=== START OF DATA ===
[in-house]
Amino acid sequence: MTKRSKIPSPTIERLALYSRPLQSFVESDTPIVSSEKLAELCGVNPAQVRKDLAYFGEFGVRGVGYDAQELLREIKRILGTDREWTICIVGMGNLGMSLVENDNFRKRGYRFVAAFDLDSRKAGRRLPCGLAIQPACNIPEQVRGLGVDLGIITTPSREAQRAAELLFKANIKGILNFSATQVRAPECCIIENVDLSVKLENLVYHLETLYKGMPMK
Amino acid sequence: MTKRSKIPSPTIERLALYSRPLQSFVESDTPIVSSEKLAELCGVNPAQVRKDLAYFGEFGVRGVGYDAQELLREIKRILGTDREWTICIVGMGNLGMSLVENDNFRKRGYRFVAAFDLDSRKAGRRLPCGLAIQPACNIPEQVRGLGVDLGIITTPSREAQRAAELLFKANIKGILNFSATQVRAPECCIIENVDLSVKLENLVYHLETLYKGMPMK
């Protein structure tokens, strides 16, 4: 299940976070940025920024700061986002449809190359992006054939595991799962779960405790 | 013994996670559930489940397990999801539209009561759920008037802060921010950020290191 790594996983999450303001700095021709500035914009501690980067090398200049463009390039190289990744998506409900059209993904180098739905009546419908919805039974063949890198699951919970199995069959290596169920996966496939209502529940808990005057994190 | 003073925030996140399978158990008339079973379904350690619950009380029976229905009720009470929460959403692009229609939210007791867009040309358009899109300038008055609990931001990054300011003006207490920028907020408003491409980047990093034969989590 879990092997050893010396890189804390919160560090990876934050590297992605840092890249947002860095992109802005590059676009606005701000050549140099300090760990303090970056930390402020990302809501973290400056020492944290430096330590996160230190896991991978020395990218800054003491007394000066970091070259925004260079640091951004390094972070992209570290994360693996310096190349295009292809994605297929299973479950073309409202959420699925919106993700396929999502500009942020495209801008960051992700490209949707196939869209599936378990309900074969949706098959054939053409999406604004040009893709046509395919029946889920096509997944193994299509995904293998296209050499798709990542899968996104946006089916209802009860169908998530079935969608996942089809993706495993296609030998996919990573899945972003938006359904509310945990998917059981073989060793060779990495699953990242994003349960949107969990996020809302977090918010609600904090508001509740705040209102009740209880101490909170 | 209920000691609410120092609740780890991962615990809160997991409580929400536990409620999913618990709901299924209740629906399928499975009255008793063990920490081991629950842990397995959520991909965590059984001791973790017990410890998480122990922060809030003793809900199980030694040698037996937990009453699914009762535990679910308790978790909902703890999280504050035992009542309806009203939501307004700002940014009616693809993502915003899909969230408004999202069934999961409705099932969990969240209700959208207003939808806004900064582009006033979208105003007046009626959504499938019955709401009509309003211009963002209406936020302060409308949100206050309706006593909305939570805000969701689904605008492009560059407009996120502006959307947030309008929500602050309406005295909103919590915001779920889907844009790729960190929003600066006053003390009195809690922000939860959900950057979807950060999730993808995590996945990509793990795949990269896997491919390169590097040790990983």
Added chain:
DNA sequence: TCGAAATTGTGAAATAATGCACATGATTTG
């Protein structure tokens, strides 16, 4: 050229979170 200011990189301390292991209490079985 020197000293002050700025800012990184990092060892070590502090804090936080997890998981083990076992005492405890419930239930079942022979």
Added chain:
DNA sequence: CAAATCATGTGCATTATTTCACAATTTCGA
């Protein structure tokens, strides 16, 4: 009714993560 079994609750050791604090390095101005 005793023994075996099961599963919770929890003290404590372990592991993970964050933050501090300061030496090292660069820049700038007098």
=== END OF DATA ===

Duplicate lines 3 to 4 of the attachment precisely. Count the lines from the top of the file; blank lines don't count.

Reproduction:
Amino acid sequence: MTKRSKIPSPTIERLALYSRPLQSFVESDTPIVSSEKLAELCGVNPAQVRKDLAYFGEFGVRGVGYDAQELLREIKRILGTDREWTICIVGMGNLGMSLVENDNFRKRGYRFVAAFDLDSRKAGRRLPCGLAIQPACNIPEQVRGLGVDLGIITTPSREAQRAAELLFKANIKGILNFSATQVRAPECCIIENVDLSVKLENLVYHLETLYKGMPMK
């Protein structure tokens, strides 16, 4: 299940976070940025920024700061986002449809190359992006054939595991799962779960405790 | 013994996670559930489940397990999801539209009561759920008037802060921010950020290191 790594996983999450303001700095021709500035914009501690980067090398200049463009390039190289990744998506409900059209993904180098739905009546419908919805039974063949890198699951919970199995069959290596169920996966496939209502529940808990005057994190 | 003073925030996140399978158990008339079973379904350690619950009380029976229905009720009470929460959403692009229609939210007791867009040309358009899109300038008055609990931001990054300011003006207490920028907020408003491409980047990093034969989590 879990092997050893010396890189804390919160560090990876934050590297992605840092890249947002860095992109802005590059676009606005701000050549140099300090760990303090970056930390402020990302809501973290400056020492944290430096330590996160230190896991991978020395990218800054003491007394000066970091070259925004260079640091951004390094972070992209570290994360693996310096190349295009292809994605297929299973479950073309409202959420699925919106993700396929999502500009942020495209801008960051992700490209949707196939869209599936378990309900074969949706098959054939053409999406604004040009893709046509395919029946889920096509997944193994299509995904293998296209050499798709990542899968996104946006089916209802009860169908998530079935969608996942089809993706495993296609030998996919990573899945972003938006359904509310945990998917059981073989060793060779990495699953990242994003349960949107969990996020809302977090918010609600904090508001509740705040209102009740209880101490909170 | 209920000691609410120092609740780890991962615990809160997991409580929400536990409620999913618990709901299924209740629906399928499975009255008793063990920490081991629950842990397995959520991909965590059984001791973790017990410890998480122990922060809030003793809900199980030694040698037996937990009453699914009762535990679910308790978790909902703890999280504050035992009542309806009203939501307004700002940014009616693809993502915003899909969230408004999202069934999961409705099932969990969240209700959208207003939808806004900064582009006033979208105003007046009626959504499938019955709401009509309003211009963002209406936020302060409308949100206050309706006593909305939570805000969701689904605008492009560059407009996120502006959307947030309008929500602050309406005295909103919590915001779920889907844009790729960190929003600066006053003390009195809690922000939860959900950057979807950060999730993808995590996945990509793990795949990269896997491919390169590097040790990983």